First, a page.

After spending the most of her life in confinement, the 33-year-old orangutan Sandra has now been transferred to the Center for Great Apes refuge in Wauchula, Florida, where she may live in freedom among other members of her species.
When the animal was the focus of a legal dispute in Argentina in 2014, Judge Elena Liberatori declared it to be a “non-human person,” giving the animal international fame.
Sandra spent more than 20 years at the Buenos Aires Zoo, which is now an ecopark, before being transferred on September 27, 2019, in accordance with all health regulations, to the Sedgwick County Zoo in Kansas. Before being sent to the refuge, she spent 39 days in isolation at that location.
Expert research produced positive findings on his state of health, thereby ruling out any possibility of TB. She was traveling with veterinarian David Murphy, who reports that she was remarkably composed and showed a keen interest in peering out of the windows.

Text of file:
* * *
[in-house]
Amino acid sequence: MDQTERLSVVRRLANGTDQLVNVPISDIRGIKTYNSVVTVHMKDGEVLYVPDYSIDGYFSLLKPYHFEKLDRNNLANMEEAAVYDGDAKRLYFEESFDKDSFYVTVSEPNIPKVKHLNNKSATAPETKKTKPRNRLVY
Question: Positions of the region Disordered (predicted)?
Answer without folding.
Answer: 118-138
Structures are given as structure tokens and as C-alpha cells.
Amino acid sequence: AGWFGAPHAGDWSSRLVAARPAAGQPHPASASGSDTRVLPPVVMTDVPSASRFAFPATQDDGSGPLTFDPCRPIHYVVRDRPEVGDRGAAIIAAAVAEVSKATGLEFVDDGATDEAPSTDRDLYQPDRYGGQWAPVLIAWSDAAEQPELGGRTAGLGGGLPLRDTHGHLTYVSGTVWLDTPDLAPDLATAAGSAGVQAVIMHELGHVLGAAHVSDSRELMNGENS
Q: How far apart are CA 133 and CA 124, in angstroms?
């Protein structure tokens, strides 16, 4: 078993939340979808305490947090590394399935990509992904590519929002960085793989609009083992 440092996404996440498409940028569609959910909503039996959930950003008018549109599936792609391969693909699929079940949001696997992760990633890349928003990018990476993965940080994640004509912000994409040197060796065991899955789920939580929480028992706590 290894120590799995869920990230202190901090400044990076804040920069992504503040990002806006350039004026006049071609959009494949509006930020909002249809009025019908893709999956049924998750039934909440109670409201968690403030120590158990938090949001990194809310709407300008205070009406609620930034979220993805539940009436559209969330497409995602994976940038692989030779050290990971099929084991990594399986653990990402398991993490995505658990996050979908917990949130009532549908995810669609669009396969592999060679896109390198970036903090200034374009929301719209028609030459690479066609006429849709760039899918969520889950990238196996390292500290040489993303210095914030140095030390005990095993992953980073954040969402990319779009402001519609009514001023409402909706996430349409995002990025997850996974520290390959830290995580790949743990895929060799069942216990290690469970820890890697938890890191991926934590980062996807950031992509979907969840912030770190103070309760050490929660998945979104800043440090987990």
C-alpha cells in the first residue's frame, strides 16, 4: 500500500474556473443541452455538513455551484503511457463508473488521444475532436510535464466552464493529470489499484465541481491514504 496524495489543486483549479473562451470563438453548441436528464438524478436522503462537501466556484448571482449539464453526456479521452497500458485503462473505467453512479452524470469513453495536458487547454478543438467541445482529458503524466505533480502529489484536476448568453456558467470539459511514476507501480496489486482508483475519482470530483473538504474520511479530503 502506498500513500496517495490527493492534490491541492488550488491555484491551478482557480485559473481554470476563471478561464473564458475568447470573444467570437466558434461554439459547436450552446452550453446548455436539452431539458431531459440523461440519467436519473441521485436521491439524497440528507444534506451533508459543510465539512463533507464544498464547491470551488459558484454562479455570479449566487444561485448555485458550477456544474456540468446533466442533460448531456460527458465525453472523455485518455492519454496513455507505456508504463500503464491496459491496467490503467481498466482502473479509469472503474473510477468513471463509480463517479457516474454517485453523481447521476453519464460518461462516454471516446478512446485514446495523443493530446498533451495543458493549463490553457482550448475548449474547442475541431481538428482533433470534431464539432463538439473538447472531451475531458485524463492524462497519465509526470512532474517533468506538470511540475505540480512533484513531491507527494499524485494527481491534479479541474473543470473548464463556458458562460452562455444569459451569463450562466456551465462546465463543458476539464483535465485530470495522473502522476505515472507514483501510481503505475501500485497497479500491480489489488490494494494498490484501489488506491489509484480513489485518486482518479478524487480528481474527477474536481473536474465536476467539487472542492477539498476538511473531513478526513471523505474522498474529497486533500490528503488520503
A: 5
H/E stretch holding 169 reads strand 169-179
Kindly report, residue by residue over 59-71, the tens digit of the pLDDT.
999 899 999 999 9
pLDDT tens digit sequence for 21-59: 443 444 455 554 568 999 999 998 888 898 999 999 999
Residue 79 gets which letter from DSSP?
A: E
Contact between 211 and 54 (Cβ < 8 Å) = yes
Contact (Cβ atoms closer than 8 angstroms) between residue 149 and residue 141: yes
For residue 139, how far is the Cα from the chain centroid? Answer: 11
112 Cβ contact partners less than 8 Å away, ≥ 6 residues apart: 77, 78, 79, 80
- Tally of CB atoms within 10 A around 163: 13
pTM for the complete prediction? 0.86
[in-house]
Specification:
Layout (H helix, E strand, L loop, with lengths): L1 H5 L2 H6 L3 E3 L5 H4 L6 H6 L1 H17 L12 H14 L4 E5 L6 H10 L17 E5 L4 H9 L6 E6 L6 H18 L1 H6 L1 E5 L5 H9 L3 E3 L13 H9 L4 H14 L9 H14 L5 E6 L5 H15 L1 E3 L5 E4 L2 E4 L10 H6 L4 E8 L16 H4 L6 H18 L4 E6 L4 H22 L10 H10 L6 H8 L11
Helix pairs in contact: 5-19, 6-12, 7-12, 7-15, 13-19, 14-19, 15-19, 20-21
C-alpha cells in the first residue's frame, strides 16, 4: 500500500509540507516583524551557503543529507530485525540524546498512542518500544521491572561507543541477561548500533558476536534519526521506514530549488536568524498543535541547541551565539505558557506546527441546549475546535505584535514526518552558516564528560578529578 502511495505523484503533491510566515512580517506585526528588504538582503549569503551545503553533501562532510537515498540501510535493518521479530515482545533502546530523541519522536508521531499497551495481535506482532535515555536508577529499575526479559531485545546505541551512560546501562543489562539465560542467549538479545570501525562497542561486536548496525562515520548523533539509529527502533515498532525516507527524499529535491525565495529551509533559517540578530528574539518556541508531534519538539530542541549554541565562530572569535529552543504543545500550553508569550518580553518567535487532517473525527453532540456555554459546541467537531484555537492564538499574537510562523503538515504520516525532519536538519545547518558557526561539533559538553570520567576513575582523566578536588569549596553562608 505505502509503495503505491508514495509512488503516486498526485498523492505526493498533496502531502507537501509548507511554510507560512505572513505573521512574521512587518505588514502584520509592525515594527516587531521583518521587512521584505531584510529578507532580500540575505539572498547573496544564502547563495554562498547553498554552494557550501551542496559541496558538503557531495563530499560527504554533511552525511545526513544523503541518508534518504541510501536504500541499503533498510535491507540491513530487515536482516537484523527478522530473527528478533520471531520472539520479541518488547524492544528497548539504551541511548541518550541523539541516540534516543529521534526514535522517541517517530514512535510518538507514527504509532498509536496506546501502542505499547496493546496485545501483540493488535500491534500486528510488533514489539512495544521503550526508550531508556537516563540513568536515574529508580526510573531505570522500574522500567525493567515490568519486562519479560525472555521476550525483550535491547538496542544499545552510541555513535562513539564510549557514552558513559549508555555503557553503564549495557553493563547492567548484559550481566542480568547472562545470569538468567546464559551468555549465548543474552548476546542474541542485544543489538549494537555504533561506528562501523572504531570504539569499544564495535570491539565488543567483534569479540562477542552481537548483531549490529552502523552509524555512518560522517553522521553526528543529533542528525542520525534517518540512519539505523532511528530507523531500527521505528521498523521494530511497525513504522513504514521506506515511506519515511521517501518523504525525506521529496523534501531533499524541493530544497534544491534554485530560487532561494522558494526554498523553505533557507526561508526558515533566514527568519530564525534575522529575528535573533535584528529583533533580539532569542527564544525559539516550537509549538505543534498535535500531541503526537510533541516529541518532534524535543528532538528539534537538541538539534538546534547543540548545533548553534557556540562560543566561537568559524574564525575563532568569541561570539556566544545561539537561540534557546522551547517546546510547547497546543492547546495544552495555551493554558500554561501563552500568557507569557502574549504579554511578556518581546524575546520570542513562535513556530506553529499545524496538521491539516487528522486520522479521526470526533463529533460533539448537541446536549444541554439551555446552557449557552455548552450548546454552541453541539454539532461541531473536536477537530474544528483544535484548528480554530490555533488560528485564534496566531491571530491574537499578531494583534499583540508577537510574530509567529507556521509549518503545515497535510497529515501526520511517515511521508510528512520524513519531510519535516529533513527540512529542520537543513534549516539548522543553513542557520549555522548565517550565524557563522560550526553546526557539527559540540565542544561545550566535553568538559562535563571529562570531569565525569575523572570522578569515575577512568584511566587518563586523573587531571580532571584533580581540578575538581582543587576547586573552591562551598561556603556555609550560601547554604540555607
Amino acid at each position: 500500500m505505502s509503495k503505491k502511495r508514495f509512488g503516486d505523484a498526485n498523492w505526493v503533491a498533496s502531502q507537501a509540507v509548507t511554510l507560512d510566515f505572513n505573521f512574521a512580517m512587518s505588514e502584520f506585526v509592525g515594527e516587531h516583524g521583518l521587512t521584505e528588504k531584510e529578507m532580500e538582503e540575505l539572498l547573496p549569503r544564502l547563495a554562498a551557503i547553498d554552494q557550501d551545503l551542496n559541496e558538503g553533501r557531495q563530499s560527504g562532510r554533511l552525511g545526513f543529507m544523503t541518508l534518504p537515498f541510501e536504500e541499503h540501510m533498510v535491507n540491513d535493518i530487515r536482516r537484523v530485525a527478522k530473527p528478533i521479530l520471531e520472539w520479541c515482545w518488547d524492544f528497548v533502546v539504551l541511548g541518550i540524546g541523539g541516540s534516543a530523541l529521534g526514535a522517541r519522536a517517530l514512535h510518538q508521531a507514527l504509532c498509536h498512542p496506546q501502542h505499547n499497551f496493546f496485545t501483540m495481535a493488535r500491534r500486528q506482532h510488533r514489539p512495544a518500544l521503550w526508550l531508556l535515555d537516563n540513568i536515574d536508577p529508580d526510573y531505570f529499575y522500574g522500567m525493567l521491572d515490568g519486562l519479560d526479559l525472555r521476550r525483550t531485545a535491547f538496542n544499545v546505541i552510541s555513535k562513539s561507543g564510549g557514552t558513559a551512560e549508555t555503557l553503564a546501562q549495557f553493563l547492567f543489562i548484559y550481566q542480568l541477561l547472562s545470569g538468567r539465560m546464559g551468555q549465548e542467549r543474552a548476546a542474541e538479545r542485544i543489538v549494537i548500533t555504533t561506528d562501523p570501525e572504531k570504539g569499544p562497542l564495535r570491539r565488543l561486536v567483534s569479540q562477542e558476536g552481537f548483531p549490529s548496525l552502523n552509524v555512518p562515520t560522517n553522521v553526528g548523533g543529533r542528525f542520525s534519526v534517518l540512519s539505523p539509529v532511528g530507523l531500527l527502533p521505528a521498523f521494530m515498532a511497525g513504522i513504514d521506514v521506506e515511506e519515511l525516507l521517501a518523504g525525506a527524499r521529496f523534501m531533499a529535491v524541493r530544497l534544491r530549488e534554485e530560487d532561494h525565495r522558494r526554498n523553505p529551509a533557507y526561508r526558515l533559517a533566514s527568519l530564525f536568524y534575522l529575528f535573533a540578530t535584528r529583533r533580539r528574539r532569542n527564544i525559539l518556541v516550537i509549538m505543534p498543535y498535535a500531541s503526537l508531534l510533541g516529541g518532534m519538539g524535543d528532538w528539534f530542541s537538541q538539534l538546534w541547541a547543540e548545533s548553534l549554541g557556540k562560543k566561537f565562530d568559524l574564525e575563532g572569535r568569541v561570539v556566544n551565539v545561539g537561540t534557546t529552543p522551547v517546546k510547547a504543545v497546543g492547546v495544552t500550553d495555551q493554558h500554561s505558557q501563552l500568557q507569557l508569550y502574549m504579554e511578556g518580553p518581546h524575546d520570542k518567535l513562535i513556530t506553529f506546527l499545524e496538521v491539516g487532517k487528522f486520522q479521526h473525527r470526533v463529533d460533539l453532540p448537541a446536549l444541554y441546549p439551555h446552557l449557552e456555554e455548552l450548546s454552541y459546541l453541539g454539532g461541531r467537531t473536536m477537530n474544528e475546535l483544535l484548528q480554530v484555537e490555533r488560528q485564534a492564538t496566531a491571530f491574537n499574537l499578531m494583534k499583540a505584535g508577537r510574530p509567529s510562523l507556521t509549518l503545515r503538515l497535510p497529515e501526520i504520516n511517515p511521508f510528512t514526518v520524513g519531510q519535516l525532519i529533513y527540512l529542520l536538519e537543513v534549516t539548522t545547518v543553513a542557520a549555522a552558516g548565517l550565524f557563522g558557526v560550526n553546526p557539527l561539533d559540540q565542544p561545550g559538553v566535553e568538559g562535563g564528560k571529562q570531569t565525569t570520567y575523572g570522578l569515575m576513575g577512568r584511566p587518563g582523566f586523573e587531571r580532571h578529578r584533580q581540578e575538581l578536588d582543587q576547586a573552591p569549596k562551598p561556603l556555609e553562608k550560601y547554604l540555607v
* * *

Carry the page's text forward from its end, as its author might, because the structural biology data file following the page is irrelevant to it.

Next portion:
The orangutan’s wonderful conduct while residing in the zoo captivated the staff at the Sedgwick County Zoo.
Sandra currently shares her home with 31 chimpanzees and 22 orangutans, most of which were saved from circuses, labs, the illicit exotic pet trade, and the entertainment business.
Famous Bubbles, the chimpanzee owned by the late singer Michael Jackson, who came in 2005, is one of his pals.
Patti Ragan, the sanctuary’s director, reportedly stated the following in a news release:
She was reserved at first, but as soon as she noticed the swings, toys, and green spaces in her new environment, she started to go out.
The recognition Sandra received in 2014 as a result of the court’s decision that she possessed fundamental rights, such as “being sentient,” and shouldn’t be treated as a piece of property is unquestionably an important indicator of how much respect these creatures need.
Ragan stated to CNN:
“Hundreds of clever and lovely orangutans like Sandra are dying because of habitat damage brought on by logging, mining, and palm oil farming.”
She has been eagerly anticipated by the orangutan’s new guardians, who are all ready to look after her for the rest of her life.